The Way to Better Health? “Eat the Rainbow”

Malinda Fusco by Yulia Furman Adobe Stock

When I first transitioned to a plant-based diet, I kept coming across the phrase, “Eat the rainbow!” I quickly found out that my role models were not suggesting we binge-eat skittles. Instead, it means something far different (and healthier).

What does “Eat the Rainbow” actually mean?

“Eat the rainbow” is referring to a diverse, plant-based diet with plenty of colors on your plate. Different colors in vegetables and fruits are going to give other health benefits.

Fruits and vegetables get their coloring from phytochemicals. These phytochemicals also promote better health through vitamins, minerals, and antioxidants.

Many experts say that eating a colorful diet has many protective benefits. Cardiologist Dr. Mozaffarian calls them “protective foods.” He says,

“Many of these foods give rise to new life, planted in the ground under the harshest of conditions, they nurture a new plant life into being…They are what our bodies need as we age.”

But what does each color promote specifically?

The Colors of the Rainbow


Red fruits and vegetables are beautiful and delicious. Not only that, but they are jam-packed with vitamins C and A. They also provide a wealth of antioxidants, which protect your cells against free radicals. This protection can help fight off things like cancer and certain diseases.

Bonus: if you want something savory or sweet, you can find it in red.

Some examples of red fruits and veggies are: strawberries, red beans, tomatoes, apples, and red peppers.

Orange & Yellow

Our orange and yellow fruits and veggies are going to provide a wealth of vitamin C and A, just like red, but also potassium. Potassium is actually a type of electrolyte. It helps keeps your nerves and muscles healthy, and helps the body get rid of waste from your cells.

Orange and yellow fruits and veggies also help boost your immune system and help your vision.

Some examples of orange and yellow fruits and veggies are: carrots, pineapple, melons, oranges, bananas, peaches, and yellow peppers.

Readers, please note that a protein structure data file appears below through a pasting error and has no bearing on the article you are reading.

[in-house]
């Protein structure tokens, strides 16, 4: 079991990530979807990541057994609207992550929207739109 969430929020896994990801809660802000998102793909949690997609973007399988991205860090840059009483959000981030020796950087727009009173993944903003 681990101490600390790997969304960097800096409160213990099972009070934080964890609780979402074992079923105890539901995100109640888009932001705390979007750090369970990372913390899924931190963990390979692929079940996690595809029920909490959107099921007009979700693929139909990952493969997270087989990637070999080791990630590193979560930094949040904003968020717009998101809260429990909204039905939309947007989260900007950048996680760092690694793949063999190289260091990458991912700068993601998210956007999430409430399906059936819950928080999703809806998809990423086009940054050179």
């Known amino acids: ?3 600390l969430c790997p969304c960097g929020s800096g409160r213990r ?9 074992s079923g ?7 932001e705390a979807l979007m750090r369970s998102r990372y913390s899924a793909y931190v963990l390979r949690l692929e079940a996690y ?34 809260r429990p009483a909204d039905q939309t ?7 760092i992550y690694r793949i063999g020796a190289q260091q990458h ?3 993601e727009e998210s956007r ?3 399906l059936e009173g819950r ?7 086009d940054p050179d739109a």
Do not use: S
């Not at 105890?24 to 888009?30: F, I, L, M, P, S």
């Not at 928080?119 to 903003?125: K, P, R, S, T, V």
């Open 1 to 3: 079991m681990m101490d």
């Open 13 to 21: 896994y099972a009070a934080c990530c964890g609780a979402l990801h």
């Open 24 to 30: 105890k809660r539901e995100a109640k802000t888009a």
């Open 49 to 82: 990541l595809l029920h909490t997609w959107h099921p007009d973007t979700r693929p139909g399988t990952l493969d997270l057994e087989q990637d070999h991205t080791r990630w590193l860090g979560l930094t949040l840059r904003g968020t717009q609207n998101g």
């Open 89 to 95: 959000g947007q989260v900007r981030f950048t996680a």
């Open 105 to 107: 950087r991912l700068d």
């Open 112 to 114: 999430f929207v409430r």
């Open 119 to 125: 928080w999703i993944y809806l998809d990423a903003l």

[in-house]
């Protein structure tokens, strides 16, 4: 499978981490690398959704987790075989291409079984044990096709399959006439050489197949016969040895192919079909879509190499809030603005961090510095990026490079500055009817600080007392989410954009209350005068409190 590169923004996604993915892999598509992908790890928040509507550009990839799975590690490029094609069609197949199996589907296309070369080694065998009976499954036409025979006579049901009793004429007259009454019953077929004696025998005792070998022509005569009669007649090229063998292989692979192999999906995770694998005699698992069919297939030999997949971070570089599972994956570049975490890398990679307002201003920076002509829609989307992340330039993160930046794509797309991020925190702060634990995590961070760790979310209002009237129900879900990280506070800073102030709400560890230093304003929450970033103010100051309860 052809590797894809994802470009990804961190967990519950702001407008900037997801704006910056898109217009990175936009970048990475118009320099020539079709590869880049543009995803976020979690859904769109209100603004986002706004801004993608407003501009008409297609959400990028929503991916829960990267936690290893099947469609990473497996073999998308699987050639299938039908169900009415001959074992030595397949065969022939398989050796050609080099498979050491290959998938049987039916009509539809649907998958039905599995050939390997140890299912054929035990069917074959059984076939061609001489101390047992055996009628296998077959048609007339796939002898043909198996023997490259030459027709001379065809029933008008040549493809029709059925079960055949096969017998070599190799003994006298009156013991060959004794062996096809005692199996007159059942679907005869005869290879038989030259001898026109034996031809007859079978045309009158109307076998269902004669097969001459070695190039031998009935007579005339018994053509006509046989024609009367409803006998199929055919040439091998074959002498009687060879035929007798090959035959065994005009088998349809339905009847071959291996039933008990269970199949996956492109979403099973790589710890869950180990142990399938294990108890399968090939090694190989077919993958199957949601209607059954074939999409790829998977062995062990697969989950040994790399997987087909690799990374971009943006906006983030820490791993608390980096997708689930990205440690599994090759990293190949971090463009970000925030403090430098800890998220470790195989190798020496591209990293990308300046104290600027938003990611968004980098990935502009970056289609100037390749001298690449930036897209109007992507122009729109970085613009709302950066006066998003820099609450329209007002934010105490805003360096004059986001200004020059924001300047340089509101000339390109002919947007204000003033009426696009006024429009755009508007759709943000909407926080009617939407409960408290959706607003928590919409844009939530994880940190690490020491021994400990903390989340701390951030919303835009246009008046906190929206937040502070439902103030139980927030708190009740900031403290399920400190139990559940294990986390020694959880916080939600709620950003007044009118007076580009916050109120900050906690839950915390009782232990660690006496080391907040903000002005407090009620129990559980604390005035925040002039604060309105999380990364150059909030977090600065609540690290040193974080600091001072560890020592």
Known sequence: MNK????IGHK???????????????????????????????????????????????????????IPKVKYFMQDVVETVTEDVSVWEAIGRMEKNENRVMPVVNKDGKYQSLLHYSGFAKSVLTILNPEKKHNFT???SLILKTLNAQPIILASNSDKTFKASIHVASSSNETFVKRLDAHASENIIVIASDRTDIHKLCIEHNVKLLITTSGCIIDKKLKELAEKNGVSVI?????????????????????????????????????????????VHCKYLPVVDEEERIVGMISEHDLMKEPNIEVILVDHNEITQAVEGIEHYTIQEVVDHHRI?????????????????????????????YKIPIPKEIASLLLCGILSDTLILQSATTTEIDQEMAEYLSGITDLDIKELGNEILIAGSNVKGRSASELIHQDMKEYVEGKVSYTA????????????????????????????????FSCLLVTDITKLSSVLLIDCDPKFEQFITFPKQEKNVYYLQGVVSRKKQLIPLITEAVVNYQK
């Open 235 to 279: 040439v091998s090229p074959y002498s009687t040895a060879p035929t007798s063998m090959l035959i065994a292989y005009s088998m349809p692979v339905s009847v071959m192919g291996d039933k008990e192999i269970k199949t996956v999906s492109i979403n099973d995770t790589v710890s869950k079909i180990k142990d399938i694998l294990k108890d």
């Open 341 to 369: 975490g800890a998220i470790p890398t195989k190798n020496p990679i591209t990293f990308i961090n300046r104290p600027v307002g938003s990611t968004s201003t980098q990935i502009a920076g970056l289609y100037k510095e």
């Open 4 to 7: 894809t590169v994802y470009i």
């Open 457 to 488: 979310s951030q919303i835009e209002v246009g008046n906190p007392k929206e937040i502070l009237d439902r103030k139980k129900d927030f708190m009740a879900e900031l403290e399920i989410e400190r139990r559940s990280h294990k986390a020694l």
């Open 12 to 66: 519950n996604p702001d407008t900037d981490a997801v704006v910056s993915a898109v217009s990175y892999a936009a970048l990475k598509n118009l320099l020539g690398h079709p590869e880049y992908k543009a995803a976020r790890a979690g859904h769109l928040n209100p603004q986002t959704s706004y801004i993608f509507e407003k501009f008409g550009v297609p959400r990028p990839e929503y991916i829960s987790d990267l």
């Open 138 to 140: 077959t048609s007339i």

Green fruits and veggies are awesome for your heart and blood. They provide potassium, but also vitamin K. Vitamin K helps regulate the blood clotting process throughout your body, giving you healthier blood. Our leafy greens are also going to help strengthen your bones and teeth, giving you a bright smile.

Some examples of green fruits and veggies are: kiwi, kale, spinach, green beans, peas, and broccoli.

Blue & Purple

There’s nothing prettier than bright blue and purple on your plate. Blue and purple foods are full of antioxidants, specifically anthocyanin which improves memory, helps aid in healthy aging, and gives your immune system a hefty boost.

Some examples of blue and purple fruits and veggies are: blueberries, eggplants, grapes, blackberries, elderberries, purple cabbage, and plums.


You might think that white fruits and vegetables don’t offer a big benefit because of their “lack of color.” Luckily, you couldn’t be more wrong. White fruits and veggies help control cholesterol. According to the CDC, better cholesterol can reduce your risk for heart disease and stroke.

Some examples of white fruits and veggies are: mushrooms, onions, cauliflower, white peaches, pears.

Eat the Rainbow

You don’t need every color on one plate to “eat the rainbow.” But try to incorporate fruits and veggies that have different colors. Maybe start with two different colors, then try for three. It's actually easier than it might seem!

Try to get as many different phytochemicals in your body as possible! Remember, they hold different vitamins, minerals, and antioxidants for better health.

As long as you’re trying to provide a bright diet for yourself, you’re already doing better than before. So, why not start with your next meal?

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